Graduate School

Before applying to graduate school, you first have to determine if graduate school is for you. This will require that you talk with others who have been through the process and with yourself about what your goals are:  

    • What are my specific career and educational goals?
    • What do I need to get there?
    • What do I want to accomplish by going to graduate school?
    • Do I need a master’s degree to propel me into my future goal?

Choosing the best fit program

Tests and Test Prep

The GRE  

Required for admissions to some graduate schools and a few business schools.

The General Test features question types that reflect the kind of thinking you will do in graduate school; Verbal Reasoning (two 30-minute parts), Quantitative Reasoning (two 35-minute sections), and Analytical writing ( 2 essays in 60- minutes).

Verbal and Quantitative scores from 130 to 170 in 1-point increments.

Cost:  $195

Testing time: 3.5 hours on paper or 3.75 hours using a computer

Scores are valid for 5 years.

GRE Resources

ETS Practice GRE: Powerprep 2

Magoosh GRE Vocabulary Flashcards

Manhattan Prep: GRE Practice Test

GRE Reduction Fee 

 

The GMAT

Required for admissions to most business schools.

Analytic section (30 minutes, one essay), Integrated reasoning section (30 minutes), Quantitative section (75 minutes), Verbal section (75 minutes)

Computer adaptive test

Score ranges from 200 to 800 in 10-point increments

Cost: $250

Testing time: 3.5 hours

Scores are valid for 5 years.

GMAT Resources

GMAT Club: Forum and Practice Tests

Guide to Acing the GMAT in 1 Month

Manhattan Prep: GMAT Practice Test

GMAT Prep by Ready4 Free on iTunes

 

LSAT

Required for admissions to most U.S. law schools.

Critical reading, data management, and analytical thinking skills.

Comprised of roughly 125 multiple-choice questions plus a writing sample.

The LSAT carries the most weight in the admission process. 

Testing time: 3.5 hours

Scores are valid for 5 years.

LSAT Resources

LSAT Fee Waiver

LSAT US Fee Waiver Application Form 

 

MCAT

Required for admissions to most medical schools.

Designed to test problem solving skills, critical thinking abilities, writing skills, and basic science concepts.

Multiple choice testing consists of 3.2 hours, plus one hour for the writing sample.

Testing time: 5.3 hours

Scores valid for 3 years (varies from school to school).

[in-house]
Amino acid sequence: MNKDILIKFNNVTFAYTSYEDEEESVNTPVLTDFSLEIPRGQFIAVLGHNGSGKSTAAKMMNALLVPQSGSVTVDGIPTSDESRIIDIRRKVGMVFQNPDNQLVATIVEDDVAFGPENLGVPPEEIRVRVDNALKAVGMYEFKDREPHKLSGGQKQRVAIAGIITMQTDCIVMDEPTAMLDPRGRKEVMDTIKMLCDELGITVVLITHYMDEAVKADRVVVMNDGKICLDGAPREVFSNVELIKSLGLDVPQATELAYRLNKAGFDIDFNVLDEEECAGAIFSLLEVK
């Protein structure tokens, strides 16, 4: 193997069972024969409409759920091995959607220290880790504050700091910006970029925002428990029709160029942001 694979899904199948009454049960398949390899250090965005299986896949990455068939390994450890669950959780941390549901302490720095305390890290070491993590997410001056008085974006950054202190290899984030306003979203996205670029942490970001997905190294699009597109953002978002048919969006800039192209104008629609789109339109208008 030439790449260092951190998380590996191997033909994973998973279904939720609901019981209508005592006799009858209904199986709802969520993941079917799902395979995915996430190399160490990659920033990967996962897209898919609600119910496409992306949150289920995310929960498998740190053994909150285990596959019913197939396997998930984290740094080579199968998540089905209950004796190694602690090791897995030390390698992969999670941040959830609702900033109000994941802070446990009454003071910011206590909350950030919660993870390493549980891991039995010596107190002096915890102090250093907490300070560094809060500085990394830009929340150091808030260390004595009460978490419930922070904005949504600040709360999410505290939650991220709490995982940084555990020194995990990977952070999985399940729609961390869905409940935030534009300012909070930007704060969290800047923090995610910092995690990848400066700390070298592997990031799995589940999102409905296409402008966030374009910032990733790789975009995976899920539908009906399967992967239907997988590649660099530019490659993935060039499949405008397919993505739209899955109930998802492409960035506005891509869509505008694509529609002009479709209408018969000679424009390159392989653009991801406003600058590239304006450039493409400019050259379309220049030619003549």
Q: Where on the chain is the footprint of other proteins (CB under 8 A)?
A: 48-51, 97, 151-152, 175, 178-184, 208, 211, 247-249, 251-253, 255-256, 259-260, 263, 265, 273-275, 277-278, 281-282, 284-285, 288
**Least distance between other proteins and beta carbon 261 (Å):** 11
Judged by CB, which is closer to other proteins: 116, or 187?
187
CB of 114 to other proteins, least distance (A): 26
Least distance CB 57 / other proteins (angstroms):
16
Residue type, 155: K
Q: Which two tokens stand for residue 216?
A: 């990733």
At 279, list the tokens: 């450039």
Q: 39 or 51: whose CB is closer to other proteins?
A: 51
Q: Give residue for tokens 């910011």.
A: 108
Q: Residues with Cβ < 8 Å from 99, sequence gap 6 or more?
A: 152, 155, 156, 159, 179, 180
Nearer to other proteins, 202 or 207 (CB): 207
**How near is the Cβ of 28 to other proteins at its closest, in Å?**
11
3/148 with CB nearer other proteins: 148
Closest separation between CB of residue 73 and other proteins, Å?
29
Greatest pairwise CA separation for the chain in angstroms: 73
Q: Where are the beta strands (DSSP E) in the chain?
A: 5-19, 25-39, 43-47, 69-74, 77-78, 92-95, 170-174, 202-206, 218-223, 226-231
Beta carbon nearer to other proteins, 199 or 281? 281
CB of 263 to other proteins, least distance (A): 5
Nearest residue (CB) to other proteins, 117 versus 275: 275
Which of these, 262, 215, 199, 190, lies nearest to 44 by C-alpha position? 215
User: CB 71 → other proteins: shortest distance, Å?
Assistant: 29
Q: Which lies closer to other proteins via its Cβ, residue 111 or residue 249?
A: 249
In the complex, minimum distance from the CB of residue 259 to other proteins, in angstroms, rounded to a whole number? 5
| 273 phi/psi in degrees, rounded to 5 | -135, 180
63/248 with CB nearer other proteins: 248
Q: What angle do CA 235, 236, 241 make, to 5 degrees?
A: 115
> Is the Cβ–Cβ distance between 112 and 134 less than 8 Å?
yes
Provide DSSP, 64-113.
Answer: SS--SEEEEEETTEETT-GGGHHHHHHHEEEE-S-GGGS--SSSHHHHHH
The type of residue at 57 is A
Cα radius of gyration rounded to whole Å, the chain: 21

MCAT Resources

MCAT Fee Waiver

AAMC Practice MCAT Exam

Khan Academy MCAT Test Prep

Financing graduate school

Graduate school is expensive; however there are resources available to help you finance your education. Below are some of the ways to consider paying for your graduate degree

  • Fellowships
  • Scholarships
  • Grants through your University: Apply for FAFSA even for graduate school. Depending on your income and need, you may be eligible to receive a grant.



Application process and timeline:

 

May

  • Begin researching for potential schools
  • Take a (free) practice exam required by the program you choose

June

  • Sign up for a GRE/LSAT/MCAT test prep course (online)
  • Register for the test if necessary

July

  • Request information from schools you are interested on
  • Visit their campus
  • Research professors and try to make connections

August

  • Take the general test
  • If you're not happy with score, sign up and take it again
    Begin your statement of purpose/personal statement

September

  • Finalize your list of prospective schools
  • Contact your recommenders
  • Keep working on your personal statement

October

  • Request official transcripts from undergraduate school
  • Send recommenders supplemental materials (your resume, personal statement, etc.)

November

  • Have someone read over your personal statement
  • Retake the test for the second time, and make sure scores are sent directly to schools

December

  • Complete and submit all applications (keeps copies of everything you send)
  • Verify that your recommendations have been sent
  • Try to submit two weeks prior to the school's deadline

 

Letters of recommendation

Letters of recommendations are a crucial piece of the graduate school admission process.

  • Choose a person who knows you well academically.
  • They can be faculty and professionals who know you well.
  • Ask to meet with your recommender(s) to discuss your interest in the graduate program you will be applying for.
  • Communicate your goals, career aspirations, and how you chose the program.
  • Provide the recommender with a copy of your transcript and resume.
  • Give them several weeks' notice.
  • Check back with your recommenders to make sure they have or are almost ready to submit the letter.